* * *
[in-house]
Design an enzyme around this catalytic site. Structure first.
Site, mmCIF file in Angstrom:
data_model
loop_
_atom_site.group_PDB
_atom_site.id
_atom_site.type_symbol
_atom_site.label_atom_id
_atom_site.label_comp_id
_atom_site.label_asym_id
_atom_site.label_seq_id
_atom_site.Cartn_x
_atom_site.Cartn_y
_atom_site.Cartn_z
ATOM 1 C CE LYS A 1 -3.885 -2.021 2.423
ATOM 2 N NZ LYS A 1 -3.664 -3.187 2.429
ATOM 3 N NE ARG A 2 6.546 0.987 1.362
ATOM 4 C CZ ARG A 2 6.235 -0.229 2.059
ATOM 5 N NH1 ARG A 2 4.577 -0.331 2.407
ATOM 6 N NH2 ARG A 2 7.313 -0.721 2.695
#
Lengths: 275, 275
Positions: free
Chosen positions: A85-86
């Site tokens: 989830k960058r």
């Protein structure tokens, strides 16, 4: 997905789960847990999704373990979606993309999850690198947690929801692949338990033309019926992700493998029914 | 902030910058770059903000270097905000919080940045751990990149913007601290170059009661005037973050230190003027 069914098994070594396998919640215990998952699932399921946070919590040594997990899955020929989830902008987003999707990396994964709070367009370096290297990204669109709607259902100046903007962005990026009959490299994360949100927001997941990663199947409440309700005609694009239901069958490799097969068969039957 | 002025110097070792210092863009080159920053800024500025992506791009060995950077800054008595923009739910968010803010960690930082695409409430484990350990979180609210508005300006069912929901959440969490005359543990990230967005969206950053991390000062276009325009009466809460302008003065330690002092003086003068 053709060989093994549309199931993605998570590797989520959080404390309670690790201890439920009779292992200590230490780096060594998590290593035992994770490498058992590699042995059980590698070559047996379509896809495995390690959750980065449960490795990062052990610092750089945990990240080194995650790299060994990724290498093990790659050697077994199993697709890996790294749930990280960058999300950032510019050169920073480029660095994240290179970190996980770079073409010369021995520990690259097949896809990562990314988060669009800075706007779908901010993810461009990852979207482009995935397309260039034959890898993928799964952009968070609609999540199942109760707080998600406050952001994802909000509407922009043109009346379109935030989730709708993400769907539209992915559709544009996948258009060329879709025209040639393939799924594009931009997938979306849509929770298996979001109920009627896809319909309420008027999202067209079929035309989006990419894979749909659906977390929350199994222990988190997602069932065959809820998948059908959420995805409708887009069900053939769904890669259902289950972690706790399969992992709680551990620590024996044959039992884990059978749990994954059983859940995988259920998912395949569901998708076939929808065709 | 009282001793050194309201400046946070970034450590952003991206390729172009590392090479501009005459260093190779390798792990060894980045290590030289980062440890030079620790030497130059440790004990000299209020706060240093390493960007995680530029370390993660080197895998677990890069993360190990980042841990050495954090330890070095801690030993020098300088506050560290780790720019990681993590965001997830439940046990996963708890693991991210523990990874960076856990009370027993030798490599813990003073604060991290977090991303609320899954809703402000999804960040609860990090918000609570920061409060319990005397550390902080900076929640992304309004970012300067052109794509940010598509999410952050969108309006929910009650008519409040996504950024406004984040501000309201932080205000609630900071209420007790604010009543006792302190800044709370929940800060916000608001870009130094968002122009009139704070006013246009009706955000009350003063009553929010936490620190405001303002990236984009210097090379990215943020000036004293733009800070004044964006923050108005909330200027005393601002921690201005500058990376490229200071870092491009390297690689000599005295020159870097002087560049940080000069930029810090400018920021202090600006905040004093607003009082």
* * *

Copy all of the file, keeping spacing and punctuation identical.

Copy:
[in-house]
Design an enzyme around this catalytic site. Structure first.
Site, mmCIF file in Angstrom:
data_model
loop_
_atom_site.group_PDB
_atom_site.id
_atom_site.type_symbol
_atom_site.label_atom_id
_atom_site.label_comp_id
_atom_site.label_asym_id
_atom_site.label_seq_id
_atom_site.Cartn_x
_atom_site.Cartn_y
_atom_site.Cartn_z
ATOM 1 C CE LYS A 1 -3.885 -2.021 2.423
ATOM 2 N NZ LYS A 1 -3.664 -3.187 2.429
ATOM 3 N NE ARG A 2 6.546 0.987 1.362
ATOM 4 C CZ ARG A 2 6.235 -0.229 2.059
ATOM 5 N NH1 ARG A 2 4.577 -0.331 2.407
ATOM 6 N NH2 ARG A 2 7.313 -0.721 2.695
#
Lengths: 275, 275
Positions: free
Chosen positions: A85-86
């Site tokens: 989830k960058r």
């Protein structure tokens, strides 16, 4: 997905789960847990999704373990979606993309999850690198947690929801692949338990033309019926992700493998029914 | 902030910058770059903000270097905000919080940045751990990149913007601290170059009661005037973050230190003027 069914098994070594396998919640215990998952699932399921946070919590040594997990899955020929989830902008987003999707990396994964709070367009370096290297990204669109709607259902100046903007962005990026009959490299994360949100927001997941990663199947409440309700005609694009239901069958490799097969068969039957 | 002025110097070792210092863009080159920053800024500025992506791009060995950077800054008595923009739910968010803010960690930082695409409430484990350990979180609210508005300006069912929901959440969490005359543990990230967005969206950053991390000062276009325009009466809460302008003065330690002092003086003068 053709060989093994549309199931993605998570590797989520959080404390309670690790201890439920009779292992200590230490780096060594998590290593035992994770490498058992590699042995059980590698070559047996379509896809495995390690959750980065449960490795990062052990610092750089945990990240080194995650790299060994990724290498093990790659050697077994199993697709890996790294749930990280960058999300950032510019050169920073480029660095994240290179970190996980770079073409010369021995520990690259097949896809990562990314988060669009800075706007779908901010993810461009990852979207482009995935397309260039034959890898993928799964952009968070609609999540199942109760707080998600406050952001994802909000509407922009043109009346379109935030989730709708993400769907539209992915559709544009996948258009060329879709025209040639393939799924594009931009997938979306849509929770298996979001109920009627896809319909309420008027999202067209079929035309989006990419894979749909659906977390929350199994222990988190997602069932065959809820998948059908959420995805409708887009069900053939769904890669259902289950972690706790399969992992709680551990620590024996044959039992884990059978749990994954059983859940995988259920998912395949569901998708076939929808065709 | 009282001793050194309201400046946070970034450590952003991206390729172009590392090479501009005459260093190779390798792990060894980045290590030289980062440890030079620790030497130059440790004990000299209020706060240093390493960007995680530029370390993660080197895998677990890069993360190990980042841990050495954090330890070095801690030993020098300088506050560290780790720019990681993590965001997830439940046990996963708890693991991210523990990874960076856990009370027993030798490599813990003073604060991290977090991303609320899954809703402000999804960040609860990090918000609570920061409060319990005397550390902080900076929640992304309004970012300067052109794509940010598509999410952050969108309006929910009650008519409040996504950024406004984040501000309201932080205000609630900071209420007790604010009543006792302190800044709370929940800060916000608001870009130094968002122009009139704070006013246009009706955000009350003063009553929010936490620190405001303002990236984009210097090379990215943020000036004293733009800070004044964006923050108005909330200027005393601002921690201005500058990376490229200071870092491009390297690689000599005295020159870097002087560049940080000069930029810090400018920021202090600006905040004093607003009082």